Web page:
June is over and yes I’m going to say it after all this rain – July best bring us sunshine, I can smell the sun cream, fake tan and the sizzling of BBQ’s as I am writing this, I’m excited – not just because of the hope of better weather, pub lunches and thought of melting and sweaty bum in my wheelchair – but because the month of July is Disability Pride Month.
I will start by saying that even as a disabled woman it was not until a few years ago I actually discovered ‘Disability Pride’ so I won’t give anyone a hard time for being unaware. So no it really wouldn’t surprise me that most people wouldn’t have heard, let alone that we have had our very own flag since 2017.
If this was a love Island moment around the fire pit, I’d expect the awkward silence confused faces followed with dramatic music.
It started as one day but since 2015, marking the ADA’s 25th anniversary, the entire month has become an annual event worldwide – encouraging space to end stigmas and promote disability as an identity, culture and to share the positive pride many of us feel. But also creates awareness of and challenges the systemic ableism and discrimination disabled and deaf people face.
The reasons why possibly one is it’s not commonly known, particularly in the UK, is that it with the Americans with Disability Act (the ADA) – the civil rights law prohibiting discrimination against disabled people, which was signed in July 1990.
Non-disabled people are asked to accept that disability isn’t a bad thing; it is a natural part of life and should be celebrated. All sounds remarkably progressive.
However, it would be incredibly ignorant of me to say that the ideology is simple. In fact quite the opposite – it’s complex and multifaceted.
Each and every person journey is different with an impairment or chronic condition – rather a rollercoaster of emotions, inner turmoil at times; confusing, lonely, exciting and empowering. Our stories are our own to tell when it comes to the idea of a ‘disability identity’ or having pride.
Some people feel the pressured of Society to accept their impairment or feel proud of it, who may not be happy with their condition and in turn, they feel guilty if they don’t. Others hate the concept; arguing that it is patronising and just reinforces the idea that we aren’t happy with who we are.
I myself have had a difficult love hate relationship with Muscular dystrophy over the years, from being in my early 20’s walking to wheels, to losing abilities like lifting your arm or putting your own bra on. It has given me some of my darkest moments I wished It was simply over!
You can’t hide with a physical impairment. You can stick out like a flashing neon light above your head when you are the only ‘disabled’ person in your friends group, work.
I would however still argue even if some don’t particularly like the concept of ‘disability pride’ surely having anything that encourages somebody to feel unashamed and unapologetic about who they are cannot be a bad thing.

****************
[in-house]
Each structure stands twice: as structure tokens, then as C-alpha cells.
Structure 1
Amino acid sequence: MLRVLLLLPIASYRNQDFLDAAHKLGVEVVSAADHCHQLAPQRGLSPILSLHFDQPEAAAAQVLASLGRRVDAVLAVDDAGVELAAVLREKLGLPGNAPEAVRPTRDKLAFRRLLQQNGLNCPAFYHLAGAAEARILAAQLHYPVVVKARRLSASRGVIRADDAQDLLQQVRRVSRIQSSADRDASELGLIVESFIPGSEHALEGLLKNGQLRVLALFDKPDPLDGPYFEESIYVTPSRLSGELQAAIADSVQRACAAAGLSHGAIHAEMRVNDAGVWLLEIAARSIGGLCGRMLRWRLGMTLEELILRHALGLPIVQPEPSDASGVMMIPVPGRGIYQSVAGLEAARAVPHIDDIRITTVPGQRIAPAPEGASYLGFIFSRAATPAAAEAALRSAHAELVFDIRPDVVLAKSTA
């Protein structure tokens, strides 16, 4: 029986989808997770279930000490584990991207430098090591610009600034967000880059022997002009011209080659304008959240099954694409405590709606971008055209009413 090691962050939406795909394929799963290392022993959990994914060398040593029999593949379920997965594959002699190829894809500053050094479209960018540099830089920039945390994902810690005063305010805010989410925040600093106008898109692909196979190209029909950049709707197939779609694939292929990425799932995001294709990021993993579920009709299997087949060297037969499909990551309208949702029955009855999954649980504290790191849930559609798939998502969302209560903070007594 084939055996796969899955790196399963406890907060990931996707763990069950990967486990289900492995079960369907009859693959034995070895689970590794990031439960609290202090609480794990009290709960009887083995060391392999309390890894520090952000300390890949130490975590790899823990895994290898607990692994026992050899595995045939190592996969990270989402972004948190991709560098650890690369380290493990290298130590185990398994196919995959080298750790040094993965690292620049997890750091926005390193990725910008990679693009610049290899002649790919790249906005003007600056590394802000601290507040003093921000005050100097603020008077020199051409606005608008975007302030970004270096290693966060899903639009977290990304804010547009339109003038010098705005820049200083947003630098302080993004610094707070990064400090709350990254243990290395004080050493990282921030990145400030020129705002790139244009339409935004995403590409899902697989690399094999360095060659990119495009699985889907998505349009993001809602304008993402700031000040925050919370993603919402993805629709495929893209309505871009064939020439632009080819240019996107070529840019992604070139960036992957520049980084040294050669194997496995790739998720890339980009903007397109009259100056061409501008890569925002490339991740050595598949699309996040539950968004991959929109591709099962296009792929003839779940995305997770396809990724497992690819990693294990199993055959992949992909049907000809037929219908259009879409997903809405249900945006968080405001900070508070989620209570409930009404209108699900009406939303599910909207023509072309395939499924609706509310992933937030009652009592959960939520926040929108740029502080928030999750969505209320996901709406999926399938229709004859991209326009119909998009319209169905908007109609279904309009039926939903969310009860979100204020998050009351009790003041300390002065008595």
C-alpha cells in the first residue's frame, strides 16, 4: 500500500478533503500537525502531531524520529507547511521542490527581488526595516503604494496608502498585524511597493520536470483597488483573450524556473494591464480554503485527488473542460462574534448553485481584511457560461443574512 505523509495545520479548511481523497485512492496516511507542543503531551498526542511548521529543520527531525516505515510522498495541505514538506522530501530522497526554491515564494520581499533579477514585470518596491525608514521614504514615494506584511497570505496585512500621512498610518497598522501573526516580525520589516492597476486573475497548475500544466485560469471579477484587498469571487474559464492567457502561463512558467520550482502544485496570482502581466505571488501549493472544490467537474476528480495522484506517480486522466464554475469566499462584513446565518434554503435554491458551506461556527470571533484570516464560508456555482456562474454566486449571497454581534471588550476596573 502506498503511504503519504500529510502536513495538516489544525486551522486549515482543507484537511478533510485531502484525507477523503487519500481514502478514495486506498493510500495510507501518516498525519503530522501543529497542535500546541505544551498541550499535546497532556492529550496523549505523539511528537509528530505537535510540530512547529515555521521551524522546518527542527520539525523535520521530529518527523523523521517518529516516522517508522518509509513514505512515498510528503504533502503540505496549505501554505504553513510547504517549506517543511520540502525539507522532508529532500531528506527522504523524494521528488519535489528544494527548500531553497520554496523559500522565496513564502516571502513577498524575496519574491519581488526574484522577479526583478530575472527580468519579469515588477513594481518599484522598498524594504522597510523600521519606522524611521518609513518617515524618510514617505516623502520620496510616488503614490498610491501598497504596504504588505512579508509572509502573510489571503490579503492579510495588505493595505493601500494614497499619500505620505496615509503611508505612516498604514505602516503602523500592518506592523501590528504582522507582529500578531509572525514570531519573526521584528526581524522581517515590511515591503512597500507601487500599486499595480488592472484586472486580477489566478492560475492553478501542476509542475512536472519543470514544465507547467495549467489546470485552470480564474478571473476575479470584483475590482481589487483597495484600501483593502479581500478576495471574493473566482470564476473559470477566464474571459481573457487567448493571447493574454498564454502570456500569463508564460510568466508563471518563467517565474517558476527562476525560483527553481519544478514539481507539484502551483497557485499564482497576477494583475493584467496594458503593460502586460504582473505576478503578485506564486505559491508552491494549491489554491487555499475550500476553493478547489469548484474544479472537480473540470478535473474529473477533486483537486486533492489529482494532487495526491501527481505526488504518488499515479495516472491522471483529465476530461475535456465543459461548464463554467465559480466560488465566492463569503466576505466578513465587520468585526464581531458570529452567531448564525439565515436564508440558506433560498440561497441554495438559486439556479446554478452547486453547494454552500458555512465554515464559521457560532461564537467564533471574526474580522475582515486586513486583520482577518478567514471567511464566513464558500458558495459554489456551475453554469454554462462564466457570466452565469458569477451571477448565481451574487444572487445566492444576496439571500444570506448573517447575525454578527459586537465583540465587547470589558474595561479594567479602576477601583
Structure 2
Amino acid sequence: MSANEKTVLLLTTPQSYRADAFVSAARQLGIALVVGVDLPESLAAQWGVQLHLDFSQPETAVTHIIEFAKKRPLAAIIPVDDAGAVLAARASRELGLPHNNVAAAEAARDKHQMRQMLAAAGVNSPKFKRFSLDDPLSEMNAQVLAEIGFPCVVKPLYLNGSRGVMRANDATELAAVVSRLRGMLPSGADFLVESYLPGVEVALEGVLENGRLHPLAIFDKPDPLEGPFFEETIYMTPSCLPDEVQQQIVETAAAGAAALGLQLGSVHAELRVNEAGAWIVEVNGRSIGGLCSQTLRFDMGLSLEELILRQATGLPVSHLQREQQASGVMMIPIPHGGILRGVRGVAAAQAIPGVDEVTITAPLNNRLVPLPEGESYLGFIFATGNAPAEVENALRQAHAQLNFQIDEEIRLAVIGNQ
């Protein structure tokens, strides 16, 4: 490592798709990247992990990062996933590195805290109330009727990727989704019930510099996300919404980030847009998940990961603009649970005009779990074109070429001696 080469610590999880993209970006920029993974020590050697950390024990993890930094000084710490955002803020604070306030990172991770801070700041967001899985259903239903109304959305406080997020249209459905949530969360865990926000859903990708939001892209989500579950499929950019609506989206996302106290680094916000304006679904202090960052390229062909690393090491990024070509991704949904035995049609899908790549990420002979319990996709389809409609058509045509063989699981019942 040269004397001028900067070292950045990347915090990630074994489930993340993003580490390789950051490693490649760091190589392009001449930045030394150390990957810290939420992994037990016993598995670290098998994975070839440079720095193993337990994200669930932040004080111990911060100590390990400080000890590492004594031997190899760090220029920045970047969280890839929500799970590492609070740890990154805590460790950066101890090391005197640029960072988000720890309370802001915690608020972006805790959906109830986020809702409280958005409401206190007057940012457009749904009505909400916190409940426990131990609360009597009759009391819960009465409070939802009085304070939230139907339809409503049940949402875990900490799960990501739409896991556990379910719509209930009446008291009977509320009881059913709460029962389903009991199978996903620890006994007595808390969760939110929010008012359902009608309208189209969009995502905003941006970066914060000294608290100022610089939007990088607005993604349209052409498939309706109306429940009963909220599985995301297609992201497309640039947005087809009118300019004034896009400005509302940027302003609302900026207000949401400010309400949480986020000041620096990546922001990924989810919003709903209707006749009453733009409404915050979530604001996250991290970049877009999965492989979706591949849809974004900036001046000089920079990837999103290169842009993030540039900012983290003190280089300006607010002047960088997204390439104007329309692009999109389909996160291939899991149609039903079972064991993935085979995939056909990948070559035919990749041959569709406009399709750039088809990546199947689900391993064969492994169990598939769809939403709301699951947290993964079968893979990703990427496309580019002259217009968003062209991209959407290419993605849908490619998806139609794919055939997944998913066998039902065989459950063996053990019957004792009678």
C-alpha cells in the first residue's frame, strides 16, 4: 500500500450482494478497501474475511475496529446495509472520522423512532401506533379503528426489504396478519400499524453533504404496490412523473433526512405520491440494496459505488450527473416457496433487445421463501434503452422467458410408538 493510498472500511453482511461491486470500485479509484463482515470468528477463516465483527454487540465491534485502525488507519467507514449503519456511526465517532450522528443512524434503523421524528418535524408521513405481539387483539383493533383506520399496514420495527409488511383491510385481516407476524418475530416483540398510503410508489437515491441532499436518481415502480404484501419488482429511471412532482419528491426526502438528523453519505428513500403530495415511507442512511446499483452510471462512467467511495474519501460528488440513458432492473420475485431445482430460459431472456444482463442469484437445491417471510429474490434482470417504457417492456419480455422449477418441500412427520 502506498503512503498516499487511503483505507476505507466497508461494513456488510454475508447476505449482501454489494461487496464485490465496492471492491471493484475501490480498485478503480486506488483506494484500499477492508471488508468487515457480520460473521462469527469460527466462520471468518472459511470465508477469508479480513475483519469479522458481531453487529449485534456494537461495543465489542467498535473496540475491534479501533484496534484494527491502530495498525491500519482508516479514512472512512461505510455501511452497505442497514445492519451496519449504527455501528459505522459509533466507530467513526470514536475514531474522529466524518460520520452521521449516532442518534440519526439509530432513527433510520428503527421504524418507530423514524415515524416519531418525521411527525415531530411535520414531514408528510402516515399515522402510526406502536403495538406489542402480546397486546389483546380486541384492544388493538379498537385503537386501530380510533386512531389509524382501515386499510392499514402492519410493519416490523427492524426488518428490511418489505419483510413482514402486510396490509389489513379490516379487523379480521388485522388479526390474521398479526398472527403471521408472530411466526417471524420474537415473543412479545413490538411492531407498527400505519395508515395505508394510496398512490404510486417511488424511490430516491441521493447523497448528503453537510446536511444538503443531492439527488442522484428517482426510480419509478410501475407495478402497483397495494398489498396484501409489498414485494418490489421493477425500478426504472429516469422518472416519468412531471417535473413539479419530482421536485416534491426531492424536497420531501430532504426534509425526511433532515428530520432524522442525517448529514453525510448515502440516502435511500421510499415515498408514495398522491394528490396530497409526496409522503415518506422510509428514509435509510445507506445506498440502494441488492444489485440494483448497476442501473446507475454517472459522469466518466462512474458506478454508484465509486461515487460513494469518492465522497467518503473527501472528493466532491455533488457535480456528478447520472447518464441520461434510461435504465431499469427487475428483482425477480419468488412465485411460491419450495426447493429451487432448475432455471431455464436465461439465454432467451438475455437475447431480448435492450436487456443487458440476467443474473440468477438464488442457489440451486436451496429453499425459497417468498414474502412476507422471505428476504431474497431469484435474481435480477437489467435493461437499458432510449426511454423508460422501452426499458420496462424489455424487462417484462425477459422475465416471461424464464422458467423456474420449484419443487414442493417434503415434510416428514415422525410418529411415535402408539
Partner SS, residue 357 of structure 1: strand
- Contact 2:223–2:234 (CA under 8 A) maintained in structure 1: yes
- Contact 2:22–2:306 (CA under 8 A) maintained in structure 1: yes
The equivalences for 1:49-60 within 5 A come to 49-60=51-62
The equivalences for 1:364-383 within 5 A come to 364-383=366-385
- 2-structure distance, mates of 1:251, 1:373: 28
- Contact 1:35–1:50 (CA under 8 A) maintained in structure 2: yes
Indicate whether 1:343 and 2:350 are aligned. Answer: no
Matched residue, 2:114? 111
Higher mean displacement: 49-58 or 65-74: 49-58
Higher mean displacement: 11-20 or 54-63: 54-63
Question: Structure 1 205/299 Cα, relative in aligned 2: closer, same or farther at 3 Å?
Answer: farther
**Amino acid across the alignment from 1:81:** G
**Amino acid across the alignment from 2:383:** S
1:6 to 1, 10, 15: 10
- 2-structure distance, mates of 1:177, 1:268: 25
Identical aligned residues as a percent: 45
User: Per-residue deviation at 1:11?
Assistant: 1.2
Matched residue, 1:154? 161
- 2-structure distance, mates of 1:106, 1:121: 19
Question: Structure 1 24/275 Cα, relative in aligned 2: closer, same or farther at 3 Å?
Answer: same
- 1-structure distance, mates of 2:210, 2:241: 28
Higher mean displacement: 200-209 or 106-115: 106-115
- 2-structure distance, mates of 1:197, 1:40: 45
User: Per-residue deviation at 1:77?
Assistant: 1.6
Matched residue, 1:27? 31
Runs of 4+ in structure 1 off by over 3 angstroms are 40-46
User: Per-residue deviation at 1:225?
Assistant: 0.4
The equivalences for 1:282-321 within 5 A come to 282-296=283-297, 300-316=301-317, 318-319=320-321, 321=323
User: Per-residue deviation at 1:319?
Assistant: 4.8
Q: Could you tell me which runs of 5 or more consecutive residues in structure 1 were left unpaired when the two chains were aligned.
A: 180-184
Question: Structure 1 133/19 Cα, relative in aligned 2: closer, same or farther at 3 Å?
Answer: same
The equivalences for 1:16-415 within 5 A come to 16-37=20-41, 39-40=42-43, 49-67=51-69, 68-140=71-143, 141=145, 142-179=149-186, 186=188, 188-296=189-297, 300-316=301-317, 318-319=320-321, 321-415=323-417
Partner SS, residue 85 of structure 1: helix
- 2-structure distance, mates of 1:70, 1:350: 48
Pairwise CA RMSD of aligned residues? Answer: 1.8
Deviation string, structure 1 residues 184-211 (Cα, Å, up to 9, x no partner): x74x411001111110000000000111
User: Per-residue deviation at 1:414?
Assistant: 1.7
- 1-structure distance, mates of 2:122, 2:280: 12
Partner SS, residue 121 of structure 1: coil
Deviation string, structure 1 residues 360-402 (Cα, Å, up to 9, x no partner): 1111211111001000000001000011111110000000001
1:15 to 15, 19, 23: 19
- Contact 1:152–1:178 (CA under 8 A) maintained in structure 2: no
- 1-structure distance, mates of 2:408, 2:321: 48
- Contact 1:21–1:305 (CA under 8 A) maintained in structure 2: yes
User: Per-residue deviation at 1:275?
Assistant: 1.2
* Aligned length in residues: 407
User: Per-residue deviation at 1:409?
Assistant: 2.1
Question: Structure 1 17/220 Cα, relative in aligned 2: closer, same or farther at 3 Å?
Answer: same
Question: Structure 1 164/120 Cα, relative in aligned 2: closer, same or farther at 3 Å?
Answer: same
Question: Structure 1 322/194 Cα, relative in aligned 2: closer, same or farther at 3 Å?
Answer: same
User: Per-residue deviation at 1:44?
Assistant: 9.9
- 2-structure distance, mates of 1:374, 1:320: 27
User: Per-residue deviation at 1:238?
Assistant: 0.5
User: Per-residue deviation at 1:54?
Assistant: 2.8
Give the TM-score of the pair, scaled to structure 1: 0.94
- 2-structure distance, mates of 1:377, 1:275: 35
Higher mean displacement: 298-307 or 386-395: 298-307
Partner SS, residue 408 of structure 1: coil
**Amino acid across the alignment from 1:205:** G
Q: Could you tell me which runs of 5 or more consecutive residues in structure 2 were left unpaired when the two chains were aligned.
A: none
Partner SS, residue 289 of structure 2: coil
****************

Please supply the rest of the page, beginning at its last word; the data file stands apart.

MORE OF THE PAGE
Of course after many years of doubting, hating and tears I have finally realised just how flipping fabulous I am! ￼
Now, how the rest of the world chooses to see me doesn’t mean it has to be projected onto me or others with a physical impairment.
Most within society, have a real fear or feeling of uncomfortableness. When you have a disability you can’t be seen as anything else, you aren’t often seen as a human being with multiple identities. You become defined by your impairment or condition.
We aren’t born to be prejudiced it is unfortunately learnt behaviour. According to Scope’s 2018 report, one in three disabled people feel there is still a lot of disability prejudice in Britain, but only one in five non-disabled people agree. That’s a big difference in outlook.
Society’s been led to believe that anyone who is disabled must be a wheelchair user, given that’s the universal symbol of disability. When in fact there are many different forms of disabilities are visible and non-visible. as reflected in the flag; sensory perceptions, physical, invisible and undiagnosed mental illness are represented in different primary colours within a lightning bolt.
We need to find better ways of engaging with the disabled community, understanding and encouraging those with mental health issues or hidden conditions to feel comfortable disclosing their impairment without fear of judgment.
No one’s saying it’s not a minefield to get your head around, as humans we are made to make mistakes. It’s how you choose to learn from those mistakes and grow as a person. I am grateful that Disability Pride Month is gaining more traction each year and social media has allowed the message to grow without being censored.
As someone who fights for change, I use this time to challenge non-disabled people and invite a healthy discussion. I will fly the flag with pride if it means getting others to help fight for positive change.
They say you learn something new everyday and that what I’m hoping you will share with everyone you know far and wide because this month does not get the respect and attention it deserves.
Until next time – don’t forget to come and say hi.
Come give me a follow and say hi.